It was a spring night of November 1977 in Buenos Aires, when the goalkeeper Claudio Tamburrini was arrested by one of the notorious grupos de tarea (task groups) and became the first disappeared footballer in Argentine history.
A goalie who likes philosophy
Born in 1954 in the suburbs of the capital city, he played for Club Ciudadela Norte before being selected by Velez Sarsfield’s youth team. Tamburrini was also a good student, and some say his passion for philosophy was negative for his football career, since Velez let him leave to join the less known club of Almagro. Attending Buenos Aires University he studied political thinkers, and he ended up taking the Communist Party membership card, even if his militancy remained lukewarm.
The military forces seize the country
With Brazil and Chile already under military rule, Tamburrini and other Argentinians’ lives were about to change too. He was still playing for the black and blue Buenos Aires team in march 1976, when General Jorge Rafael Videla became dictator after a coup d’etat, and dissidents started to disappearfrom this Latin American country. Though Tamburrini did nothing openly against the regime except for having leftist ideas, one year and a half later his name was uttered during an interrogation by a student colleague of his. He was soon arrested, jailed and tortured, together with fellow political prisoners in the notorious Mansión Seré. One of the perpetrators, named Lucas, seemed to have told him: “Si sos arquero, atajate esta” (“If you are a goalie, save this”), and kicked him in his stomach.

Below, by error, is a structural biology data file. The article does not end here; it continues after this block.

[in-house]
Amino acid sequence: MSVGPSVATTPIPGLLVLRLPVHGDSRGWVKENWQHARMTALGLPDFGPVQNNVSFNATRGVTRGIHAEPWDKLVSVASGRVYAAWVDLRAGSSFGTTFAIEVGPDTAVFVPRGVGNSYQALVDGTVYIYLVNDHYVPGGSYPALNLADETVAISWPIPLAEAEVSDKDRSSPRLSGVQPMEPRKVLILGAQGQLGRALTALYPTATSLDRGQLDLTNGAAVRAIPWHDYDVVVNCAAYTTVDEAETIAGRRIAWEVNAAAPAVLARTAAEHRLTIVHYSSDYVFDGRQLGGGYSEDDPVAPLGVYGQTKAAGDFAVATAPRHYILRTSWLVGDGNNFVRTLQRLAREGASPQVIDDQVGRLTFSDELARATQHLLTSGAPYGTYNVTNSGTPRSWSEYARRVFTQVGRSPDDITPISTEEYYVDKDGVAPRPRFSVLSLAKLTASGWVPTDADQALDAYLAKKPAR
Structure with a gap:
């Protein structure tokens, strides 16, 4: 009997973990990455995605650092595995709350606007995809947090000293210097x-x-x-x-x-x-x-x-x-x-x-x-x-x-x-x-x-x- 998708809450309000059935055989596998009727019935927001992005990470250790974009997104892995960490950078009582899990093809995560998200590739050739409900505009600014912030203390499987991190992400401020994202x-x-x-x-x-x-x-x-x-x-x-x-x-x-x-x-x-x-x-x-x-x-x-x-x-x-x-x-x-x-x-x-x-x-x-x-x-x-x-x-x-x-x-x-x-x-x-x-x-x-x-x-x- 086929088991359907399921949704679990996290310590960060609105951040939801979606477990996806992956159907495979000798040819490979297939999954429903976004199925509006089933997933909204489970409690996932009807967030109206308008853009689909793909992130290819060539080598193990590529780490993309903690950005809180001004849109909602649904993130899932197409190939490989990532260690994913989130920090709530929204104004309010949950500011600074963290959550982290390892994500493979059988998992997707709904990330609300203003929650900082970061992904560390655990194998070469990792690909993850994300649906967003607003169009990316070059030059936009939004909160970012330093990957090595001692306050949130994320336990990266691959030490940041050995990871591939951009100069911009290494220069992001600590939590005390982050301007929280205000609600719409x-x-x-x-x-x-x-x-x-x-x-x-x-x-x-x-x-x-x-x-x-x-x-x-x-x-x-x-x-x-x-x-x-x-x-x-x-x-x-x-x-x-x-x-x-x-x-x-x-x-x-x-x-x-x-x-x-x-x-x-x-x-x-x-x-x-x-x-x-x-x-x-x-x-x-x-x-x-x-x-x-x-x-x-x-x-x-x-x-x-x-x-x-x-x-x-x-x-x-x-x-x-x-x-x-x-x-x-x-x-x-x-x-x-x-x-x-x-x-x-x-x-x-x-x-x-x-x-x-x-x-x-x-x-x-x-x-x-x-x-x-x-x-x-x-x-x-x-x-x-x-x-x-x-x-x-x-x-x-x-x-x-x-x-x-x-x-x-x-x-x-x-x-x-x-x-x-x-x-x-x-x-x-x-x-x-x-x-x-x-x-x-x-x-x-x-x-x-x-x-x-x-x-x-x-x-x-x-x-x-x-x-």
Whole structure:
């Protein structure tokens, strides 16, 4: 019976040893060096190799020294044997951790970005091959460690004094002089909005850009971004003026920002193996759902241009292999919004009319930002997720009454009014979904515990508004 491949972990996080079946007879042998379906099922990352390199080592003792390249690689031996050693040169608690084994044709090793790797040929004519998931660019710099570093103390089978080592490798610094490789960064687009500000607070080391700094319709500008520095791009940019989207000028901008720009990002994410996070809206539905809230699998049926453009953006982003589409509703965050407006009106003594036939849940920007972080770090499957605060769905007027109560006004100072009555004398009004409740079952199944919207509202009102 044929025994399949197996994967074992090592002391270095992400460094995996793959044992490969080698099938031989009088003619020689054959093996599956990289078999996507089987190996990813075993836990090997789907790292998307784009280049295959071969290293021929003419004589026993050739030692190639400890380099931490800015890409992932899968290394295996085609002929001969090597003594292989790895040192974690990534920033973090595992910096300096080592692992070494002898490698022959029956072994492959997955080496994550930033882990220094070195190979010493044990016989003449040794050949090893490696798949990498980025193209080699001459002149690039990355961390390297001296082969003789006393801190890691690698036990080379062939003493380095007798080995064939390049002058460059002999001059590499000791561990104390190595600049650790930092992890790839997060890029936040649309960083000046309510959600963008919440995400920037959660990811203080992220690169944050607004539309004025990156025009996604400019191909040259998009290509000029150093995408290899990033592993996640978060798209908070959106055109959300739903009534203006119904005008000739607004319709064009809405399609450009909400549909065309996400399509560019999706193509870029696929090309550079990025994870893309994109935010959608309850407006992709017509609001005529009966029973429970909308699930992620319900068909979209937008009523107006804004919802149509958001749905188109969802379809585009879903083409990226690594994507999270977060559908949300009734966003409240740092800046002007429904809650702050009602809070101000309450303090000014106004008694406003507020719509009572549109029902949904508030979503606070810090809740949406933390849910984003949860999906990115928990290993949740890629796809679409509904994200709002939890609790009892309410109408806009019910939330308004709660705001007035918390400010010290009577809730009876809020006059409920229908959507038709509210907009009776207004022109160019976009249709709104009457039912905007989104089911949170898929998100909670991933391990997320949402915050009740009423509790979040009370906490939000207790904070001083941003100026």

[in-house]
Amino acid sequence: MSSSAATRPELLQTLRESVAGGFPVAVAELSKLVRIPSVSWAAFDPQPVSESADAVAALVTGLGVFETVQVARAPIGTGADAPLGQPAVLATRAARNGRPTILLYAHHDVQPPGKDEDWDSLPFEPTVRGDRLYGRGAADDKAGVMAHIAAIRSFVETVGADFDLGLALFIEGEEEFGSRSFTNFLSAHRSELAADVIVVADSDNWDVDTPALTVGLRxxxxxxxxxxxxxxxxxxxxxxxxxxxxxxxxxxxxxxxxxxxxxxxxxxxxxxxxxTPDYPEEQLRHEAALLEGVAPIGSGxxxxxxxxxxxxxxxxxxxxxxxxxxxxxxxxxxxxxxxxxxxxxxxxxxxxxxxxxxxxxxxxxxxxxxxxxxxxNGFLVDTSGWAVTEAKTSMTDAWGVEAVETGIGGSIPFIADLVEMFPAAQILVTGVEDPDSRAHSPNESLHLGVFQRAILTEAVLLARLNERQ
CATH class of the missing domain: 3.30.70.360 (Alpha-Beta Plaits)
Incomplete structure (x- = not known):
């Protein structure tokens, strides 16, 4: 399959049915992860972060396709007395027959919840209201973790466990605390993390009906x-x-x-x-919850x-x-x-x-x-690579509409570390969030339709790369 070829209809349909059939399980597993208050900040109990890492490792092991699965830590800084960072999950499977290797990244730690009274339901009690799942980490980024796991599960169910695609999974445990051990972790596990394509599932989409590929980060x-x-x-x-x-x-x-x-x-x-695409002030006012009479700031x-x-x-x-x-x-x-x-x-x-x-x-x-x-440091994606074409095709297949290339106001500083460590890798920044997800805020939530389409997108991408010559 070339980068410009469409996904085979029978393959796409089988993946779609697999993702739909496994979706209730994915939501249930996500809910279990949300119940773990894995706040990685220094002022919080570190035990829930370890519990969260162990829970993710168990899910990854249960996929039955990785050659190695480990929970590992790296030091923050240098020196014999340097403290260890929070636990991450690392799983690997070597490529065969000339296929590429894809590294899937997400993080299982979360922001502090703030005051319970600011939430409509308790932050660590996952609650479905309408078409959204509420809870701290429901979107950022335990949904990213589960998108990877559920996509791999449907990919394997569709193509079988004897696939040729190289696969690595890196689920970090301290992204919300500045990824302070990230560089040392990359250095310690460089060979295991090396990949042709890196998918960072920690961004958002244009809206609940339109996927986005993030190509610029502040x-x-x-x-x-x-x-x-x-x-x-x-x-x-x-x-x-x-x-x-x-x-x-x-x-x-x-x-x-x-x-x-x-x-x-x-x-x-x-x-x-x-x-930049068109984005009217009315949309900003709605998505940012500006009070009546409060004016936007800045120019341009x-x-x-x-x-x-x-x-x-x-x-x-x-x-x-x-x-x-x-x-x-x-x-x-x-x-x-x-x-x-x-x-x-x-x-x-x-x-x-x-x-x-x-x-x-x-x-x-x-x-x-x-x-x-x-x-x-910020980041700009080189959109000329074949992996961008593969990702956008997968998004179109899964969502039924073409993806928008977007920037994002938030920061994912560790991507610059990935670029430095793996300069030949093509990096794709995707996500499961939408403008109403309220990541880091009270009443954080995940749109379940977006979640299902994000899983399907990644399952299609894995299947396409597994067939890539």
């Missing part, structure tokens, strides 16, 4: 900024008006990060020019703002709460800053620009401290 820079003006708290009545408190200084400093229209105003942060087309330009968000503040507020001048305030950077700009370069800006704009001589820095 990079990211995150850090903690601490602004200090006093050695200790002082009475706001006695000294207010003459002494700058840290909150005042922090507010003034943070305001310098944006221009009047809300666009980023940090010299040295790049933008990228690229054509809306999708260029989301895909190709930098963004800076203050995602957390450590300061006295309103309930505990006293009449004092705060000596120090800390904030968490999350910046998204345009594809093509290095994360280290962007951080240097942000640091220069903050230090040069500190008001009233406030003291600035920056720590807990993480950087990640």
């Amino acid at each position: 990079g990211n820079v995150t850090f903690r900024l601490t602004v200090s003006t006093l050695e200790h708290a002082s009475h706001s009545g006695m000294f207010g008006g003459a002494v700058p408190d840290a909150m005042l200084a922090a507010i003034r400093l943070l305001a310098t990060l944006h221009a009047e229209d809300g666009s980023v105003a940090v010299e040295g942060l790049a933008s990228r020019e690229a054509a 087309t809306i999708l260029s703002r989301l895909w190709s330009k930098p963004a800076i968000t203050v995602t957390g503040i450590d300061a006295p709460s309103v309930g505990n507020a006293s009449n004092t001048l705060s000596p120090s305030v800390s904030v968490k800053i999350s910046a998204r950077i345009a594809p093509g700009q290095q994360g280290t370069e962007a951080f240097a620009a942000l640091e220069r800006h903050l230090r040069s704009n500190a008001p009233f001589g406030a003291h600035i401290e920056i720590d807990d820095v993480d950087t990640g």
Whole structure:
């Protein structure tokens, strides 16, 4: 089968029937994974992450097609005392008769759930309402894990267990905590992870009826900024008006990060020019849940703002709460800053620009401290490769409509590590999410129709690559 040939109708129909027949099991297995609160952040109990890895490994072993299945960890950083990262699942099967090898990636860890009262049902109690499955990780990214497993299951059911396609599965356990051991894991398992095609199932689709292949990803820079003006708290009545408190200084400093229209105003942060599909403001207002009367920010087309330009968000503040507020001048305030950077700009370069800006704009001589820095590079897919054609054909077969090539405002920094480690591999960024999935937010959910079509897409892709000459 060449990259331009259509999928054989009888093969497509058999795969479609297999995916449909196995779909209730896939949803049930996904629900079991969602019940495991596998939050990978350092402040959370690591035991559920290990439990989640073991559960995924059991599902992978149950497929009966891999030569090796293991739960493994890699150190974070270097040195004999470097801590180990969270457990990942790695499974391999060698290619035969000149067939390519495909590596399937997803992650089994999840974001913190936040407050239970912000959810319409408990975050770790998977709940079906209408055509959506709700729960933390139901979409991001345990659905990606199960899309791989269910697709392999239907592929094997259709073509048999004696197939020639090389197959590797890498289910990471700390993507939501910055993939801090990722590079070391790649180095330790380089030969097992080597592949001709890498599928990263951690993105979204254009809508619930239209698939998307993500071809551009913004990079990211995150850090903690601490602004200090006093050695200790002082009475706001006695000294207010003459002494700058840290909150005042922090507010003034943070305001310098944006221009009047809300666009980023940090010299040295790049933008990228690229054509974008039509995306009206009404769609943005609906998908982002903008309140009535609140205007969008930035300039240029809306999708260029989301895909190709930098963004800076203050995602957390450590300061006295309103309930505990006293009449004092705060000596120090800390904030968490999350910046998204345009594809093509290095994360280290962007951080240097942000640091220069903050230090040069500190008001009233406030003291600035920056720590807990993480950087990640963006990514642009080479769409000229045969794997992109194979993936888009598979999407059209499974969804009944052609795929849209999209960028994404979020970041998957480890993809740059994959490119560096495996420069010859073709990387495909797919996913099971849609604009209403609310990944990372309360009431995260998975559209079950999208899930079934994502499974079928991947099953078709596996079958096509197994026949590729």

An unlikely happy end
Tamburrini’s captivity has a movie-like ending: after four months of detention, he and three fellow prisoners managed to run away by using a knotted sheet as an escape rope, crossing the woods naked and getting to safety. In 2006 Uruguayan director Israel Adrián Caetano actually made a movie out of this story.
Tamburrini took a fake identity, through which he was able to work as a taxi driver for a few months. He lived a segregated life, being able to go outside only for work or during the celebrations for the Argentine victory in the World Cup of 1978. Even if it was a regime’s triumph, the desire to have a free walk on the road was too hard. As soon as he got enough money, he escaped to Brazil and finally got to Sweden, where he still teaches Philosophy at Stockholm University.
Claudio Tamburrini’s life was marked by a bloody dictatorship and by two great passions: football and philosophy. People who saw him playing say he had two flaws: he could not dive and he thought too much. Is being a philosopher incompatible with having a good pro career? Or, on a broader plan, what is the relation between sport and education?